The Philadelphia Flyers placed forward Oskar Lindblom on waivers Tuesday with the intent of buying out the final year of the 25-year-old cancer survivor’s contract.
General manager Chuck Fletcher called it a “very difficult decision” to free up salary cap space by cutting a player who recovered from being diagnosed with Ewing’s sarcoma. The Flyers will donate $100,000 in Lindblom’s name to a Philadelphia organization that supports families impacted by cancer.
“No one can question the desire, will and strength to overcome all that Oskar has been through off the ice in order to return to the game he loves,” Fletcher said in a statement released by the team. “Oskar’s commitment to his teammates and impact in our room has been immeasurable. He is truly an inspiration to us all and he will always remain a special part of the Philadelphia Flyers family. We wish him all the best as he continues his NHL career.”
Unless claimed, Lindblom will become an unrestricted free agent once the NHL’s signing period opens Wednesday. He was entering the final season of a three-year contract, which counted $3 million against Philadelphia’s salary cap.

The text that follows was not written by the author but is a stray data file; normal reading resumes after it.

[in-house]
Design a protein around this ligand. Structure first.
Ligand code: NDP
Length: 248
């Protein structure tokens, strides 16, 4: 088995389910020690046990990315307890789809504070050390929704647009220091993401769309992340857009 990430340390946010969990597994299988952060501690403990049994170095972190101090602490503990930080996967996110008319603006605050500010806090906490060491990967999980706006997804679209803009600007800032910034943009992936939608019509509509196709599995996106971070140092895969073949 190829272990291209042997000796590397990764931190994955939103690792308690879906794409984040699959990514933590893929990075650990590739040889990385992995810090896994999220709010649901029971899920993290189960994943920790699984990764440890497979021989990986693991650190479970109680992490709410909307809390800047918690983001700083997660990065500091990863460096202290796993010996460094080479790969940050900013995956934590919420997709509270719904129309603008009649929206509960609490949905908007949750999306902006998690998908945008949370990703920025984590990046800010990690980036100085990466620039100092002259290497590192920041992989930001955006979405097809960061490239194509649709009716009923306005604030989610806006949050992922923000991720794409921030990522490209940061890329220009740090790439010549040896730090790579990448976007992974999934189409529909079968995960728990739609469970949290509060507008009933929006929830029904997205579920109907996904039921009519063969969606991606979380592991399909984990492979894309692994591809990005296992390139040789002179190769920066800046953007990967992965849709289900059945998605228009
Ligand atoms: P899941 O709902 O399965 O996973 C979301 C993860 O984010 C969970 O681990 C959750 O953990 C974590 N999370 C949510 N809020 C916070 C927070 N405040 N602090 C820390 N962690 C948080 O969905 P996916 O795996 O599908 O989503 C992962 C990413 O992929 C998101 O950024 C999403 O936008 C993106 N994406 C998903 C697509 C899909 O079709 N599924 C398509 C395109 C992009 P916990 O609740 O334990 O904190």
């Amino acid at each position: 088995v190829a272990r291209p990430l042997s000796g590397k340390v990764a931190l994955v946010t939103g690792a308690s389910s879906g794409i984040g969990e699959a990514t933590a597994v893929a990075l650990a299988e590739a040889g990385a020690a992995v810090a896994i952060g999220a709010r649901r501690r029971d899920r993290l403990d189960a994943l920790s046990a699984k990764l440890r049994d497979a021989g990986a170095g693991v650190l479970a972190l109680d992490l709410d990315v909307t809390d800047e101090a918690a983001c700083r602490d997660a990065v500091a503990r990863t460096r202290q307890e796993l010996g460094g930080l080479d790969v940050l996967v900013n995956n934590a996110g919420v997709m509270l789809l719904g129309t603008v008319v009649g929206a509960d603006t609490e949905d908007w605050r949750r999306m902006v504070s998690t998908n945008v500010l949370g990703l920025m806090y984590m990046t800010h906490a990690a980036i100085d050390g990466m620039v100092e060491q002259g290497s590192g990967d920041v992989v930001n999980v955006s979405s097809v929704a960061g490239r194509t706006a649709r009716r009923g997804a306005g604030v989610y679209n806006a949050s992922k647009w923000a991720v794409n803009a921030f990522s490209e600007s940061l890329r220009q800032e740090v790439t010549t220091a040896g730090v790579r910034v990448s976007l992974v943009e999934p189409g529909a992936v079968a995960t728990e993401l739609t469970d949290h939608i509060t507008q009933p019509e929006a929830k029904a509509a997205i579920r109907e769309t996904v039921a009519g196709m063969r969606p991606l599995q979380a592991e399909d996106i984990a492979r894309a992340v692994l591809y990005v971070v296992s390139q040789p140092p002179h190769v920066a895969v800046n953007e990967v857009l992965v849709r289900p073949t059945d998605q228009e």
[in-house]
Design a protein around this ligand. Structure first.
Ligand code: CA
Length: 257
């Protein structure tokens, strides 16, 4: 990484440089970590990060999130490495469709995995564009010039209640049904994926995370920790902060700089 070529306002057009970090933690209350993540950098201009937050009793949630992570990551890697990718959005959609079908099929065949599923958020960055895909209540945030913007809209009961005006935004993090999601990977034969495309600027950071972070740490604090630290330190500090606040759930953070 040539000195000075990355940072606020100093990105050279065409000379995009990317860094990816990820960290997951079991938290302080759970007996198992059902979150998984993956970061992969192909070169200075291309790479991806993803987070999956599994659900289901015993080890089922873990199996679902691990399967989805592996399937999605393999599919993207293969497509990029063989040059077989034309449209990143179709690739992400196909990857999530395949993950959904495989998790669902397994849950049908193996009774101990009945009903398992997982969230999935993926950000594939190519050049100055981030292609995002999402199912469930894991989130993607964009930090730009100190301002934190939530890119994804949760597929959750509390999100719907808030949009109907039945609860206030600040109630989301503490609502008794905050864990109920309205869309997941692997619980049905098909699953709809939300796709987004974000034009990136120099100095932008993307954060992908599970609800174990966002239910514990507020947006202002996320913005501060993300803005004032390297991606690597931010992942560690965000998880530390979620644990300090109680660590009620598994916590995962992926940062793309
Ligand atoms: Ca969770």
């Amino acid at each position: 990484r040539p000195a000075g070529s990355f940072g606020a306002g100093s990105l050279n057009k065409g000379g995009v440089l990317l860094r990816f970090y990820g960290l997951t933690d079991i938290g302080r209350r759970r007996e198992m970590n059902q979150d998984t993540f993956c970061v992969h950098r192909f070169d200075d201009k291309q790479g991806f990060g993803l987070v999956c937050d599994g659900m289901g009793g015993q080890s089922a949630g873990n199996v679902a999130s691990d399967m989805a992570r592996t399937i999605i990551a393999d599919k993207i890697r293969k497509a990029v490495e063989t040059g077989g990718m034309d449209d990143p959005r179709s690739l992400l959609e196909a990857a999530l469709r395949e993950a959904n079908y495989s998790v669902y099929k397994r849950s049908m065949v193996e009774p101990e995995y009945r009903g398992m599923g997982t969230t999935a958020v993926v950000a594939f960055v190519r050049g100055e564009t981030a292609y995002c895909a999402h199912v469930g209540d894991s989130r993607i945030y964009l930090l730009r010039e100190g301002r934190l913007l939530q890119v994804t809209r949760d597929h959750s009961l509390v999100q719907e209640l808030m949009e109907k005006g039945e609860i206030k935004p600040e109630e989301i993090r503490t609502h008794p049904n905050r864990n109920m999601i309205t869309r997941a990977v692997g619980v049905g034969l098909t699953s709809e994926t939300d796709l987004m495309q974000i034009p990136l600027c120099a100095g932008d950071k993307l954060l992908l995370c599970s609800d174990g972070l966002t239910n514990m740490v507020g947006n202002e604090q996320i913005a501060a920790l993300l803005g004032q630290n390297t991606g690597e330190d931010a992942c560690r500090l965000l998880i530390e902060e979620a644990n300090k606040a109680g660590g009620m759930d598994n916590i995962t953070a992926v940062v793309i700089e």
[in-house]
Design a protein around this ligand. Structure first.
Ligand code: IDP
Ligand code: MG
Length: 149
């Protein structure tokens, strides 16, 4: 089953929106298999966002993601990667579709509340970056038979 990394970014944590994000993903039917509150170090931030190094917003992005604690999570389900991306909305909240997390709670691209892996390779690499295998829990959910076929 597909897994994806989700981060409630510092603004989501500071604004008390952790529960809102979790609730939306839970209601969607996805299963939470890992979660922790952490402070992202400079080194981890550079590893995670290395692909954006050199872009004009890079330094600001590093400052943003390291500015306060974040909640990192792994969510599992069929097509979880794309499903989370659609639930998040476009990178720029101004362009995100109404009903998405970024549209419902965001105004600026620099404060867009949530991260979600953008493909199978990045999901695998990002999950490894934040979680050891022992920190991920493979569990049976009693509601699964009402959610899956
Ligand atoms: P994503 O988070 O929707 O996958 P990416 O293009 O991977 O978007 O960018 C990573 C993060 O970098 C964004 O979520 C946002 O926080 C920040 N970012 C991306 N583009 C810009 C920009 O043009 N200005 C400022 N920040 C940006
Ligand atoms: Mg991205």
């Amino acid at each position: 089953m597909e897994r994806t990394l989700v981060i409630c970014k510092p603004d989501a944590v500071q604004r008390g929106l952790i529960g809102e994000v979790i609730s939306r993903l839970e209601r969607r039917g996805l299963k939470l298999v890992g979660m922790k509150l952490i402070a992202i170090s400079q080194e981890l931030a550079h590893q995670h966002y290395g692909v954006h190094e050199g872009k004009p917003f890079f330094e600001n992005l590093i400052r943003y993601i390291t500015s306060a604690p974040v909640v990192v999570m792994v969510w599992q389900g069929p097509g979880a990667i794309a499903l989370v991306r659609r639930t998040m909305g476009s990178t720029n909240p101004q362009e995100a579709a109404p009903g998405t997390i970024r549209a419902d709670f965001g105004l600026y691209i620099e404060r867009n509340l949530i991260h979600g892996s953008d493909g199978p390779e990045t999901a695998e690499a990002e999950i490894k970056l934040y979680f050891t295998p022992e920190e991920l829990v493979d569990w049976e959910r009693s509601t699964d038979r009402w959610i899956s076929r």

Ottawa defenseman Michael Del Zotto, New Jersey forward Janne Kuokkanen and San Jose forward Rudolfs Balcers were also placed on waivers for the purpose to buy out the final year of their contracts.
Lindblom is from Sweden and was selected by the Flyers in the fifth round of the 2014 draft, and spent five seasons in Philadelphia. He was diagnosed with cancer in December 2019 and missed the remainder of the season before returning to play Games 6 and 7 in the Flyers’ second-round series loss to the New York Islanders in August, when the Eastern Conference playoffs were played in Toronto due to COVID-19.
Lindblom returned the following season, scoring eight goals and 14 points in 50 games and winning the Bill Masterton Memorial Trophy, which is presented to a player who best embodies the qualities of perseverance, sportsmanship and dedication.
Overall, Lindblom has 50 goals and 97 points in 263 career games.
AP Sports Writer Dan Gelston contributed.
Saturdays just got more interesting.